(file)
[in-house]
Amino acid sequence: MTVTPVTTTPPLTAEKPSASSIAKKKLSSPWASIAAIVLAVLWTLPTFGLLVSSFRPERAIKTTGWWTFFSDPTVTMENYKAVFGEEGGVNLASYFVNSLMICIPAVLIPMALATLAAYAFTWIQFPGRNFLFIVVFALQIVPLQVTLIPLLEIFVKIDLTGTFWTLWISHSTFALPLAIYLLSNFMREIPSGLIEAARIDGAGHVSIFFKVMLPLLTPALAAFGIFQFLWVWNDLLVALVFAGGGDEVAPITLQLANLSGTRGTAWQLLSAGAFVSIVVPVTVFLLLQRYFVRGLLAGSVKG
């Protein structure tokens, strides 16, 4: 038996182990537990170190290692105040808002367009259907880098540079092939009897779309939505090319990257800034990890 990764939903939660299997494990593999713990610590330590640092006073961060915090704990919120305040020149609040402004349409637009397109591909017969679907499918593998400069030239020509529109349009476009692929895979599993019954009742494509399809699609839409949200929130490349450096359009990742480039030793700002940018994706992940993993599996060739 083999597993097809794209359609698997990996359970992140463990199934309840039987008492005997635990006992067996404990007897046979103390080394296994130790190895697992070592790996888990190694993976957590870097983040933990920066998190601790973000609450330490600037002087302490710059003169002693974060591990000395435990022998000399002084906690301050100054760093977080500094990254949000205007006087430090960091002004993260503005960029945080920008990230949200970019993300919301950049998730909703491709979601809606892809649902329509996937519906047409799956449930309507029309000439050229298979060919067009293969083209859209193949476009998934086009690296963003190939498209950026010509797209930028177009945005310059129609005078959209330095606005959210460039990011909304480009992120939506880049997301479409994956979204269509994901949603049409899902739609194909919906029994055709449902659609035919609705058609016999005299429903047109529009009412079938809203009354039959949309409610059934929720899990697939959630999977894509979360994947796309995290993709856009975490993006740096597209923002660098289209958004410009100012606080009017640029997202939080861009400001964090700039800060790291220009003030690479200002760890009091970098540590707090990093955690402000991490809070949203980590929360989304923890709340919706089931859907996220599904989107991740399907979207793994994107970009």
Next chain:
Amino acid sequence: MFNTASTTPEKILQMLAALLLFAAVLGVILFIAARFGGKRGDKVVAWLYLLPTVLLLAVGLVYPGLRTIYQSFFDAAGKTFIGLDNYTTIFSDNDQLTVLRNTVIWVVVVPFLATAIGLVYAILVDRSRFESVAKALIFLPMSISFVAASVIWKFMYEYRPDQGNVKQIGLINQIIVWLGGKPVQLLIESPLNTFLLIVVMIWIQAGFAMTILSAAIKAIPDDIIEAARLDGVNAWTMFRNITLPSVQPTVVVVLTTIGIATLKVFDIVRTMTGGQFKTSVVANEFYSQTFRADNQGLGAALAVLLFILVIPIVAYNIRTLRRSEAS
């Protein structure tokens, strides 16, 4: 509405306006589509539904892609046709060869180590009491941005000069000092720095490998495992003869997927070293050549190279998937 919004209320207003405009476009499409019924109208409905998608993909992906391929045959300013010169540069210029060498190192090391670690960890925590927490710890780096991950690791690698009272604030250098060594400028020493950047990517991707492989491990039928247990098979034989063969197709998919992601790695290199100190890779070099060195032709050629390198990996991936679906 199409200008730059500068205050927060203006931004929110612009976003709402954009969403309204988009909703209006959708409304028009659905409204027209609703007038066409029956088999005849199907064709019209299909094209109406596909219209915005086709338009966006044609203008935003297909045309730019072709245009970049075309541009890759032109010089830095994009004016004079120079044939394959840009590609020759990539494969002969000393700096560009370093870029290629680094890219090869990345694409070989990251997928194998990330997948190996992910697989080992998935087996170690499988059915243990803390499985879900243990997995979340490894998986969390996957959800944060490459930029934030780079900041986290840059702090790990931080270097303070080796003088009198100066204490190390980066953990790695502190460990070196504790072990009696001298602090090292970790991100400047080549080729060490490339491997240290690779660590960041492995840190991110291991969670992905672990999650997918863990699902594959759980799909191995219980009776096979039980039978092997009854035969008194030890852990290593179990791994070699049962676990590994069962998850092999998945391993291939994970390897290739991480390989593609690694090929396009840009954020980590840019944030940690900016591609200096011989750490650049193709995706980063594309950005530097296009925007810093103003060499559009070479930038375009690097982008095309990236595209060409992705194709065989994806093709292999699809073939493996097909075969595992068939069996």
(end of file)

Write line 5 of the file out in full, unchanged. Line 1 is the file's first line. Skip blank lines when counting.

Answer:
Amino acid sequence: MFNTASTTPEKILQMLAALLLFAAVLGVILFIAARFGGKRGDKVVAWLYLLPTVLLLAVGLVYPGLRTIYQSFFDAAGKTFIGLDNYTTIFSDNDQLTVLRNTVIWVVVVPFLATAIGLVYAILVDRSRFESVAKALIFLPMSISFVAASVIWKFMYEYRPDQGNVKQIGLINQIIVWLGGKPVQLLIESPLNTFLLIVVMIWIQAGFAMTILSAAIKAIPDDIIEAARLDGVNAWTMFRNITLPSVQPTVVVVLTTIGIATLKVFDIVRTMTGGQFKTSVVANEFYSQTFRADNQGLGAALAVLLFILVIPIVAYNIRTLRRSEAS